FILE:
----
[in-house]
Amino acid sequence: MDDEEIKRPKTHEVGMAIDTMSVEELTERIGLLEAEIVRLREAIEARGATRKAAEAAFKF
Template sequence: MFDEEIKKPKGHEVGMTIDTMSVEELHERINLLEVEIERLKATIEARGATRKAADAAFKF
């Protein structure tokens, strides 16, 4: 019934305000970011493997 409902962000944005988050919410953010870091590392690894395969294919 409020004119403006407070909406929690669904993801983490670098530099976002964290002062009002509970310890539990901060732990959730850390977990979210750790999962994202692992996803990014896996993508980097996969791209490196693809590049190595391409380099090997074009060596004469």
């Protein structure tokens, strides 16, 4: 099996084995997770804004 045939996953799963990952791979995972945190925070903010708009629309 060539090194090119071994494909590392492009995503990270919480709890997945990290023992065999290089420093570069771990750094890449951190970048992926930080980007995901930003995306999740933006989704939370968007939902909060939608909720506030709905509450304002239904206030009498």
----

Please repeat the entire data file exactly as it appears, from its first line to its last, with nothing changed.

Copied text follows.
[in-house]
Amino acid sequence: MDDEEIKRPKTHEVGMAIDTMSVEELTERIGLLEAEIVRLREAIEARGATRKAAEAAFKF
Template sequence: MFDEEIKKPKGHEVGMTIDTMSVEELHERINLLEVEIERLKATIEARGATRKAADAAFKF
């Protein structure tokens, strides 16, 4: 019934305000970011493997 409902962000944005988050919410953010870091590392690894395969294919 409020004119403006407070909406929690669904993801983490670098530099976002964290002062009002509970310890539990901060732990959730850390977990979210750790999962994202692992996803990014896996993508980097996969791209490196693809590049190595391409380099090997074009060596004469």
């Protein structure tokens, strides 16, 4: 099996084995997770804004 045939996953799963990952791979995972945190925070903010708009629309 060539090194090119071994494909590392492009995503990270919480709890997945990290023992065999290089420093570069771990750094890449951190970048992926930080980007995901930003995306999740933006989704939370968007939902909060939608909720506030709905509450304002239904206030009498």